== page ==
Dodd bill’s unintended consequences for Main Street

by John Berlau on May 19, 2010

in Odds & Ends

Today, after hours of delay, Congress still couldn’t get  on the “Restoring American Financial Stability Act,” a bill that supporters sayis needed to prevent the next financial crisis and rein in Wall Street. For various reasons, members of Congress though the bill would either “get tough” on the wrong actors or not tackle the real problems  And many investors, entrepreneurs and consumers on Main Street are also pointing to the bill’s omissions and possible unintended consequences of regulation that’s rammed through. 

Here are areas where a wide variety of experts think the bill falls short:

Angel investors:

 One unintended consequence the Senate already fixed was a measure that would have been devastating to venture capital, angle investors, and numerous entrepreneurs. CEI and other free-market policy groups, as well as organizations representing the angel investors that put money innovative entrepreneurial startups, decried the rules that would have more than doubled the threshold for “accredited investor” from $1 million to $2.5 million in net worth — using the ridiculous rationale that “poor millionaires” needed to shielded from startup risk. According to the Angel Capital Association in Kansas City, these provisions would have reduced the number of eligible angel investors by more than two-thirds and made private placements of securities nearly as cumbersome as going public.

Democrats and Republicans in the Senate should be commended for fixing these provisions of the financial regulation bill  by voice vote on Monday. But it still leaves regulators with too much power to arbitrarily cut off investors for angel capital. And these provisions should serve as a warning about other pitfalls in the bill. Senate Banking Committee Chairman Chris Dodd said he never intended for these provisions to punish angel investors and startups. It is likely that when other provisions of this bill hit Main Street, we will also hear claims that this was not what was indended.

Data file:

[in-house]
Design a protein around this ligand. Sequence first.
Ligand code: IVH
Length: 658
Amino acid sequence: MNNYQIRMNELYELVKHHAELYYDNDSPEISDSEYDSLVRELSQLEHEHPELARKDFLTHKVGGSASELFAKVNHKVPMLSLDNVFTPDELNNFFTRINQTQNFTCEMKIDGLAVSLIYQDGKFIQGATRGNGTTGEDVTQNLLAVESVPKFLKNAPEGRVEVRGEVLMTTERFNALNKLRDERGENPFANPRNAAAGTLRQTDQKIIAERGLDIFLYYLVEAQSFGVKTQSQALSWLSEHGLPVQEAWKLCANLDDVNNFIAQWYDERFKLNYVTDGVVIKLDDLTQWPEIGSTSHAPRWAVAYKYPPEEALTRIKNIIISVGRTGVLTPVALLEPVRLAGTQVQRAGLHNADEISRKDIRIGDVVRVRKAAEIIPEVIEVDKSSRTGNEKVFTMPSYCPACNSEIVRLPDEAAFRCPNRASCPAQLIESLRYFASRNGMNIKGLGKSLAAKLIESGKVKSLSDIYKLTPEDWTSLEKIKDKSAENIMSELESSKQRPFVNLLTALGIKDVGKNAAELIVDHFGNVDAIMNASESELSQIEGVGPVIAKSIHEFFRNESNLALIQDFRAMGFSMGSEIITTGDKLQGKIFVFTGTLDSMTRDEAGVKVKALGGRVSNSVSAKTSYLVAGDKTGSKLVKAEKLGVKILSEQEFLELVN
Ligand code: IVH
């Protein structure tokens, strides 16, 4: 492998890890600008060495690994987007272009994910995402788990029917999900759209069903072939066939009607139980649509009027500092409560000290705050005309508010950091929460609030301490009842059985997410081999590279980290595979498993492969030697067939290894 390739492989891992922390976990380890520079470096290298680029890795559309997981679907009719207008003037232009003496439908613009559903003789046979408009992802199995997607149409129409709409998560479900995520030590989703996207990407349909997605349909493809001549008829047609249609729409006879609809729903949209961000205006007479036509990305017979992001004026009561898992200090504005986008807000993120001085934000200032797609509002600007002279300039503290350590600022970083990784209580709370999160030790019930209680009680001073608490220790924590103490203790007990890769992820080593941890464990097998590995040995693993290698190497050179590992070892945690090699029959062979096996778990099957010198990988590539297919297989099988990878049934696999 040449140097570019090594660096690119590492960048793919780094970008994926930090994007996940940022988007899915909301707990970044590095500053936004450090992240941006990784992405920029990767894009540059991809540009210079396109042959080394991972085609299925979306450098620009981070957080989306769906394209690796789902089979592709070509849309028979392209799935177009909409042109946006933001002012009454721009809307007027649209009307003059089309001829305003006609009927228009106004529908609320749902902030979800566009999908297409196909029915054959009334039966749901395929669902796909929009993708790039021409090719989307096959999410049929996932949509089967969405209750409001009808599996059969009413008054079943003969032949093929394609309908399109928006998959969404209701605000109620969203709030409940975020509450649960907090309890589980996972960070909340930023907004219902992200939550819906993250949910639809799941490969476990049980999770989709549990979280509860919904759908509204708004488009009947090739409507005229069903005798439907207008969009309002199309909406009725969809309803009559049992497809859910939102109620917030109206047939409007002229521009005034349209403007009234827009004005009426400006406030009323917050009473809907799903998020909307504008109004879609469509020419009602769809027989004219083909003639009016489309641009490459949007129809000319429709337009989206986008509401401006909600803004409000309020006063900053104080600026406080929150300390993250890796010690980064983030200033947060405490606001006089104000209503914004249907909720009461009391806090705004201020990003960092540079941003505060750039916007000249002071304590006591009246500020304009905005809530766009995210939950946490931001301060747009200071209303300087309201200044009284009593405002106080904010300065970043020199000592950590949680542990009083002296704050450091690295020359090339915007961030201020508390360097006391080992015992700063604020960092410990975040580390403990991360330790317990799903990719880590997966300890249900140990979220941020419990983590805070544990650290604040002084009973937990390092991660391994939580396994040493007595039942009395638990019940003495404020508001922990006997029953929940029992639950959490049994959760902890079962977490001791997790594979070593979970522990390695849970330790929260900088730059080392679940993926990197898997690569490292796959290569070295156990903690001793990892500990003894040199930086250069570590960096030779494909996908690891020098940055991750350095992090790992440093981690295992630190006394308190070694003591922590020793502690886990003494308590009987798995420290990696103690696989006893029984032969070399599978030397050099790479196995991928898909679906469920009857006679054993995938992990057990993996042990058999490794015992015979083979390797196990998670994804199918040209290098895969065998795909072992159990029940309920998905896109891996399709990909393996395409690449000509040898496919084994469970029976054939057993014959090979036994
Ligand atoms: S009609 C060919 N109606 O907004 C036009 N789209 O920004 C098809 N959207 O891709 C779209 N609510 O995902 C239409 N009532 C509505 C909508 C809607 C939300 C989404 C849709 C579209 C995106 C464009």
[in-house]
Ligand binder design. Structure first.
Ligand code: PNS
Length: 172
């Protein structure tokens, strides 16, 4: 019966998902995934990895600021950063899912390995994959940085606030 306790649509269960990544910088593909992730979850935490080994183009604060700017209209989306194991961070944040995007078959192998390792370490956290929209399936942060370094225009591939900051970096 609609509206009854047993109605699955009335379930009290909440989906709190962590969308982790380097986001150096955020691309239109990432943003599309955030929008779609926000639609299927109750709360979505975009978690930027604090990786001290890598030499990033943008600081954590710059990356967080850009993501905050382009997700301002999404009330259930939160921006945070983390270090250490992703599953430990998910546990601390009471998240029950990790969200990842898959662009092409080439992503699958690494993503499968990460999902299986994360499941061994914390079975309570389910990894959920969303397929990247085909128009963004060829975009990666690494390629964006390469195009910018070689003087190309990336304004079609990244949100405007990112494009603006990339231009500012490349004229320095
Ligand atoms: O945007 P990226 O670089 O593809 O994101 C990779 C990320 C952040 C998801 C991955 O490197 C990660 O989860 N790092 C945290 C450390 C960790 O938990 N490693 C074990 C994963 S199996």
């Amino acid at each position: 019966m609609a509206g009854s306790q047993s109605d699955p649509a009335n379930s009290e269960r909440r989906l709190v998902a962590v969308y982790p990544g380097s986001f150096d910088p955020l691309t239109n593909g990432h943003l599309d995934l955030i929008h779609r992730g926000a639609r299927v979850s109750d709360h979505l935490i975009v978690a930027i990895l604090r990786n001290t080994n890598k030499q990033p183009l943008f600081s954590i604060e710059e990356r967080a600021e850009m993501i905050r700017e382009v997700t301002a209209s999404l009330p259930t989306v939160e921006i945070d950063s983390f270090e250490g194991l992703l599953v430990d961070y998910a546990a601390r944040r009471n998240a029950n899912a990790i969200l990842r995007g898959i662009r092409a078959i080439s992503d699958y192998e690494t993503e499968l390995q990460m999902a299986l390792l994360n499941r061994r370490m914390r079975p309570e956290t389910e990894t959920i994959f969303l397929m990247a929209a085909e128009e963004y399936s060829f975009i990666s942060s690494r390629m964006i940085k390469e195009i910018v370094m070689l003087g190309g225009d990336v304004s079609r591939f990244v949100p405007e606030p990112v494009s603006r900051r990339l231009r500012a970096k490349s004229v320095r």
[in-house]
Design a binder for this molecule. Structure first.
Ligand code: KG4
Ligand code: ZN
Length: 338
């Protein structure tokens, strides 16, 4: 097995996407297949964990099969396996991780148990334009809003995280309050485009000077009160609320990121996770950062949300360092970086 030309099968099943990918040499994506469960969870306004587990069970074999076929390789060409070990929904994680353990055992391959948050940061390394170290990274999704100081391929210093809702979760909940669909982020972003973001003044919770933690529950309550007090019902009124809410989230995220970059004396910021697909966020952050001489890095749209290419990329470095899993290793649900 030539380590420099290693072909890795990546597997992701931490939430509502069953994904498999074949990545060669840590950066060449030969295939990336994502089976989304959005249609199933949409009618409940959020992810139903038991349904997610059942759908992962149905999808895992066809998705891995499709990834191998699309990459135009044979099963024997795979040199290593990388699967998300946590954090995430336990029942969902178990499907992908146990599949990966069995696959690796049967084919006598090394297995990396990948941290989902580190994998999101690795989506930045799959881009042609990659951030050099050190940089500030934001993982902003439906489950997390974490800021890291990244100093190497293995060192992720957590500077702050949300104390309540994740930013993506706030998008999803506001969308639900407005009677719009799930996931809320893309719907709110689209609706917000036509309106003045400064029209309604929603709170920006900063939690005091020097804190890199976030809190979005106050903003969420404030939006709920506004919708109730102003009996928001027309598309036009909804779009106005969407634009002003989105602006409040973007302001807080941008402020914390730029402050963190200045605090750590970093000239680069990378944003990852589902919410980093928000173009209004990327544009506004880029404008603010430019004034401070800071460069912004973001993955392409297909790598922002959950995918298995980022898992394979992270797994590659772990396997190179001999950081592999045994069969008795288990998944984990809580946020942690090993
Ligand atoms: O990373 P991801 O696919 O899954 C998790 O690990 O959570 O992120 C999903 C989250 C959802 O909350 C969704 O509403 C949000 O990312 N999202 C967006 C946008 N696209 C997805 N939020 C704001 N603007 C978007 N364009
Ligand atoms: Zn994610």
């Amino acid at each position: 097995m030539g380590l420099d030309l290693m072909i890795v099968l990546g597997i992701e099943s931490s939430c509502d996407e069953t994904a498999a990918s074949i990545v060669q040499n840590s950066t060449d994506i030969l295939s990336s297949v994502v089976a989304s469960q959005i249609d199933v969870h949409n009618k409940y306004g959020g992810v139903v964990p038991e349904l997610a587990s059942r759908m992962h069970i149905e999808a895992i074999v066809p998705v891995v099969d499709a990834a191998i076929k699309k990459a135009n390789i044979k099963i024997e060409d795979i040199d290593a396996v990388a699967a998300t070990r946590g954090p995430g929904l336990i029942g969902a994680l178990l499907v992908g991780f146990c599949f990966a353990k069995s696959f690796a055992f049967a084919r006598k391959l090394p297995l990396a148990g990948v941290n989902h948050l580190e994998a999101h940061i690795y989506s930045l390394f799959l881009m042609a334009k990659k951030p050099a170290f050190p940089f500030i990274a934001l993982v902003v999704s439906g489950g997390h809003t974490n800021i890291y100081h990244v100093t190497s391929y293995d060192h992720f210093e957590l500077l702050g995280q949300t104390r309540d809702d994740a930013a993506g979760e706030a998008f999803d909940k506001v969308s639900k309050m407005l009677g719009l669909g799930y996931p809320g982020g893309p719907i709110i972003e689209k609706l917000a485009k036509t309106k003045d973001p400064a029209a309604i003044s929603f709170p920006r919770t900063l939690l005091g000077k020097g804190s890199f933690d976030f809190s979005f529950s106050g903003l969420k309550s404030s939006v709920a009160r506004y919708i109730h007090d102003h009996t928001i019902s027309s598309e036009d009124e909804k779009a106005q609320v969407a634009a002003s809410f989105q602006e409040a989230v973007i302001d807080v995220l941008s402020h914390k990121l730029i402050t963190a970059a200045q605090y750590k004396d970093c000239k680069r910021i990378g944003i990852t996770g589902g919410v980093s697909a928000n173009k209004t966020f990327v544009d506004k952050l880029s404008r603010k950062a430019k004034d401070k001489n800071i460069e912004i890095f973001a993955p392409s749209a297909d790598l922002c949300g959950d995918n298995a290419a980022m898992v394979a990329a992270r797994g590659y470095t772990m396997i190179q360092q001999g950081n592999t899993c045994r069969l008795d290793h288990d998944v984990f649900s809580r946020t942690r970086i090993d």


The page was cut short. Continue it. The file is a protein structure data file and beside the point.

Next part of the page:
But whatever Senators’ intentions, they can’t say they weren’t warned. Here are other likely consequences of this bill’s problematic provisions.

1. Broad definition of “financial companies” and lack of judicial review to challenge seizures of firms

Various provisions broadly define a “financial company” as any business “substantially engaged” or “significantly engaged”  in manufacturing. And if your business happens to fall in such a category, it could be subject to a bailout “assessment” tax to bail out a high rolling financial firm, intrusive regulation by a banking agency or the new Bureau of Consumer Financial Protection, or even outright seizure if the troika of the Federal Reserve, Treasury Secretary, and Federal Deposit Insurance Corporation decide your firm is a threat to “financial stability.” And if a business meeting the definition of “financial company” is taken over by the “orderly liquidation authority,” the bill cuts off avenues of legal and constitutional review from the courts.

 

The amendment from David Vitter (R-La.) narrowing the definition of “financial company” would help remedy this flaw.

 

2. Debit card rewards may disappear because of interchange fee price controls.

 

The Durbin amendment — which passed with a mishmash of 10 nay from Democrats and 17 yays from Republicans — orders the Federal Reserve to set price controls for the debit cards that businesses pay to merchants. This will shift costs to consumers and experts say debit card rewards may disappear.

 

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